On Saturday 10th January 2009, Laura Macgregor gave the keynote presentation at a symposium which celebrated the publication of her book "The Unauthorised Agent: Perspectives from European and Comparative Law" which she co-authored with Danny Busch. The symposium was hosted by the international law firm De Brauw Blackstone Westbroek where Danny Busch works as a practising lawyer. The symposium and book launch also acted as an 'away day' event for members of the Edinburgh Centre for Commercial Law who attended to support Laura.
The distinguished academic Professor Reinhard Zimmermann of the Max Planck Institute for Comparative and International Private Law in Hamburg, Germany acted as the Chairperson. Laura Macgregor and Danny Busch began the symposium by exploring the focus and purpose of the book, namely a comparative examination of the legal situation created when an agent acts without authority – an issue which is an extremely important issue in agency law. Laura and Danny went on to explain that the analysis in the book is divided into three sections: apparent authority, ratification and the liability of the falsus procurator. The point was made that the book adopts a truly unique and wide-ranging comparative perspective with contributions drawn from many different legal systems, providing the opportunity for analysis of the European common law/civil law divide. The analysis in the book extends beyond Europe, however, taking into account the mixed legal system of South Africa, as well as the United States. Finally, there is a useful consideration of the Principles of European Contract Law and the UNIDROIT Principles of International Commercial Contracts 2004.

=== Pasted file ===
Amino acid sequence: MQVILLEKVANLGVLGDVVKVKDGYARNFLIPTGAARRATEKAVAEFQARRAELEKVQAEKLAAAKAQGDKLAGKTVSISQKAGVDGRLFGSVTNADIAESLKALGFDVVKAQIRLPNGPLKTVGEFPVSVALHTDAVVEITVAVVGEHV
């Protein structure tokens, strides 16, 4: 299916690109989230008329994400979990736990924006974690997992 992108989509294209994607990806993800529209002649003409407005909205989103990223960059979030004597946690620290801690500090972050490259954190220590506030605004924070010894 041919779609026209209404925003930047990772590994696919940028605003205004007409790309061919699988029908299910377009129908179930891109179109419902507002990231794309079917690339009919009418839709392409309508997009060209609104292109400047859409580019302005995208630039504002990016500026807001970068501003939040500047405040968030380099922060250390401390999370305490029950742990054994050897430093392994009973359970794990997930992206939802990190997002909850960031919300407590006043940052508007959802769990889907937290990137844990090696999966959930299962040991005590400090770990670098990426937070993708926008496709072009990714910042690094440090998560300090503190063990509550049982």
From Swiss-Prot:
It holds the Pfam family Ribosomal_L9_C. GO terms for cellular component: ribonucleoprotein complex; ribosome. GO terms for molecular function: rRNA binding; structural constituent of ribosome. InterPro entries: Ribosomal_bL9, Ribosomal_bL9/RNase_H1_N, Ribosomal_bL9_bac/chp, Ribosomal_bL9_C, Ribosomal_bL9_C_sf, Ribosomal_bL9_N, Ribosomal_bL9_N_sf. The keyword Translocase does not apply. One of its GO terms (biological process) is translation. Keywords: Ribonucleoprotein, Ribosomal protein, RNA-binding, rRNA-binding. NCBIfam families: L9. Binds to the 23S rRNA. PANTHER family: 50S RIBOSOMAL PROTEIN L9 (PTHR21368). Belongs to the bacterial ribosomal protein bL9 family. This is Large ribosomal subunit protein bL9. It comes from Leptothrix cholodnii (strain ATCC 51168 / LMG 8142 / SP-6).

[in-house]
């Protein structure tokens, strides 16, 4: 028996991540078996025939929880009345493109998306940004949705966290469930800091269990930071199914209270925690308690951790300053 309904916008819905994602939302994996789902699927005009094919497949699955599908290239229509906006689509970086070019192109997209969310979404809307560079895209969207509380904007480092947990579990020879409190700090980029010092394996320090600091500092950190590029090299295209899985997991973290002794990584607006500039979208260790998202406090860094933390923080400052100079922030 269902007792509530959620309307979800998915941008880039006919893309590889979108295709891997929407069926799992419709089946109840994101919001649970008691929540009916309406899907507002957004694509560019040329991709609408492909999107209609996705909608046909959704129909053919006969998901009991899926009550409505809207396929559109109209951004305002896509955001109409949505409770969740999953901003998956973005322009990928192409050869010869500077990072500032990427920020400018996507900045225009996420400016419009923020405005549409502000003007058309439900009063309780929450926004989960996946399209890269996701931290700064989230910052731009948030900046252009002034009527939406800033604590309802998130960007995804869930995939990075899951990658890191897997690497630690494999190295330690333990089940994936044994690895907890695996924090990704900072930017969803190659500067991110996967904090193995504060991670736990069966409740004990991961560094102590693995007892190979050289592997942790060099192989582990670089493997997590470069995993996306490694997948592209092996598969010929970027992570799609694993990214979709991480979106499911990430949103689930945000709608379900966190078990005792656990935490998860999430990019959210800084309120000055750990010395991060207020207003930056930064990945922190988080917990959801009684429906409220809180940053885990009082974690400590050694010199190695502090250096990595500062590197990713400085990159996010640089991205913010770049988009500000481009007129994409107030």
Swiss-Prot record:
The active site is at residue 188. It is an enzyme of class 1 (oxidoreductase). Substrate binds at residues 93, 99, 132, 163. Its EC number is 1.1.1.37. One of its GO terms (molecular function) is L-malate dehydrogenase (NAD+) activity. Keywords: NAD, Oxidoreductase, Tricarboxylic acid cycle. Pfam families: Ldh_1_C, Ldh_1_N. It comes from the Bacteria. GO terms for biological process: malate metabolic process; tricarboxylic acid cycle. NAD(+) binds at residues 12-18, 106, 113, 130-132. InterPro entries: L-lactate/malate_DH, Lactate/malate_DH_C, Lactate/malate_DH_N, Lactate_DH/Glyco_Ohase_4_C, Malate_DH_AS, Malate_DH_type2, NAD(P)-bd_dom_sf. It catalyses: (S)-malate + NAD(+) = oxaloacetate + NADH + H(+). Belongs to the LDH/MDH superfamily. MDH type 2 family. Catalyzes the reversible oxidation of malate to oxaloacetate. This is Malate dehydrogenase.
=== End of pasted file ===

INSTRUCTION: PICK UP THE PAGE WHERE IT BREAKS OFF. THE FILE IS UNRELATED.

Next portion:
Laura's and Danny's introduction to the book was followed by presentations by the distinguished academics Professor Francis Reynolds FBA (Fellow of Worcester College, Oxford University and Honorary Bencher of the Inner Temple), Professor Deborah Mott of Duke University and Professor Rick Verhagen of Radboud University, Nijmegen. Each of the speakers underscored the invaluable nature of the range of analysis in the book for those interested in the study of comparative agency law and the harmonisation of European Private Law.